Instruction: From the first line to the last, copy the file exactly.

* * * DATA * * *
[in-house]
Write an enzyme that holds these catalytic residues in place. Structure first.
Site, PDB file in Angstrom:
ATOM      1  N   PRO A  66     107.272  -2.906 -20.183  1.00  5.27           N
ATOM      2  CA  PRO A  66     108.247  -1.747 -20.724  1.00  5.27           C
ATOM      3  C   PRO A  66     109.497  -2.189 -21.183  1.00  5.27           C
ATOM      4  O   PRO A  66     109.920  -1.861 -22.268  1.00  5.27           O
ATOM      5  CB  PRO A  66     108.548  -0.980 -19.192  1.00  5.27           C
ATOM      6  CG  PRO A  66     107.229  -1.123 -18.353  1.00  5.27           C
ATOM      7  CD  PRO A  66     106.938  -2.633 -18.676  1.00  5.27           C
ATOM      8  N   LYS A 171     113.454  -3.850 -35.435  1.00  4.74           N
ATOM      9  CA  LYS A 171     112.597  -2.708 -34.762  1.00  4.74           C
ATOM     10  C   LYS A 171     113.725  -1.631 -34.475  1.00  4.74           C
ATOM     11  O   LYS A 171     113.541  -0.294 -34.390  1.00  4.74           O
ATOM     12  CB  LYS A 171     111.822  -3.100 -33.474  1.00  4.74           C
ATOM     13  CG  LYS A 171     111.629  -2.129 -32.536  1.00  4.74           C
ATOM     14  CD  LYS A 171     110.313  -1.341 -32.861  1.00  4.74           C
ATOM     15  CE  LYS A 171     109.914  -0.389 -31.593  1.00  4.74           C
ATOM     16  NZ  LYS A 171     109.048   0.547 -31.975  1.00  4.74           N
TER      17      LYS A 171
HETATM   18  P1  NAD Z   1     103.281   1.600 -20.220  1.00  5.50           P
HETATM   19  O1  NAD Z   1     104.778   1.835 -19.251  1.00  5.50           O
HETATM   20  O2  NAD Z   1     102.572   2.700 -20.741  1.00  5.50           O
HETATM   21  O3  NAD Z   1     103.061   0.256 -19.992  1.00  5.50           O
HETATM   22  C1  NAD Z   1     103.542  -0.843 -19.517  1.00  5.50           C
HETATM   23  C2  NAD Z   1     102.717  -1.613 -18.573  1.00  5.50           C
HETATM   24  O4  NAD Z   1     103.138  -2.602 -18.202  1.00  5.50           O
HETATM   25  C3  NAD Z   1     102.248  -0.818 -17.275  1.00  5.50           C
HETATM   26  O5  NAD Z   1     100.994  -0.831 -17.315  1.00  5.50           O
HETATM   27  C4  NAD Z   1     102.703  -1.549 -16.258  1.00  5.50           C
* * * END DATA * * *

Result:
[in-house]
Write an enzyme that holds these catalytic residues in place. Structure first.
Site, PDB file in Angstrom:
ATOM      1  N   PRO A  66     107.272  -2.906 -20.183  1.00  5.27           N
ATOM      2  CA  PRO A  66     108.247  -1.747 -20.724  1.00  5.27           C
ATOM      3  C   PRO A  66     109.497  -2.189 -21.183  1.00  5.27           C
ATOM      4  O   PRO A  66     109.920  -1.861 -22.268  1.00  5.27           O
ATOM      5  CB  PRO A  66     108.548  -0.980 -19.192  1.00  5.27           C
ATOM      6  CG  PRO A  66     107.229  -1.123 -18.353  1.00  5.27           C
ATOM      7  CD  PRO A  66     106.938  -2.633 -18.676  1.00  5.27           C
ATOM      8  N   LYS A 171     113.454  -3.850 -35.435  1.00  4.74           N
ATOM      9  CA  LYS A 171     112.597  -2.708 -34.762  1.00  4.74           C
ATOM     10  C   LYS A 171     113.725  -1.631 -34.475  1.00  4.74           C
ATOM     11  O   LYS A 171     113.541  -0.294 -34.390  1.00  4.74           O
ATOM     12  CB  LYS A 171     111.822  -3.100 -33.474  1.00  4.74           C
ATOM     13  CG  LYS A 171     111.629  -2.129 -32.536  1.00  4.74           C
ATOM     14  CD  LYS A 171     110.313  -1.341 -32.861  1.00  4.74           C
ATOM     15  CE  LYS A 171     109.914  -0.389 -31.593  1.00  4.74           C
ATOM     16  NZ  LYS A 171     109.048   0.547 -31.975  1.00  4.74           N
TER      17      LYS A 171
HETATM   18  P1  NAD Z   1     103.281   1.600 -20.220  1.00  5.50           P
HETATM   19  O1  NAD Z   1     104.778   1.835 -19.251  1.00  5.50           O
HETATM   20  O2  NAD Z   1     102.572   2.700 -20.741  1.00  5.50           O
HETATM   21  O3  NAD Z   1     103.061   0.256 -19.992  1.00  5.50           O
HETATM   22  C1  NAD Z   1     103.542  -0.843 -19.517  1.00  5.50           C
HETATM   23  C2  NAD Z   1     102.717  -1.613 -18.573  1.00  5.50           C
HETATM   24  O4  NAD Z   1     103.138  -2.602 -18.202  1.00  5.50           O
HETATM   25  C3  NAD Z   1     102.248  -0.818 -17.275  1.00  5.50           C
HETATM   26  O5  NAD Z   1     100.994  -0.831 -17.315  1.00  5.50           O
HETATM   27  C4  NAD Z   1     102.703  -1.549 -16.258  1.00  5.50           C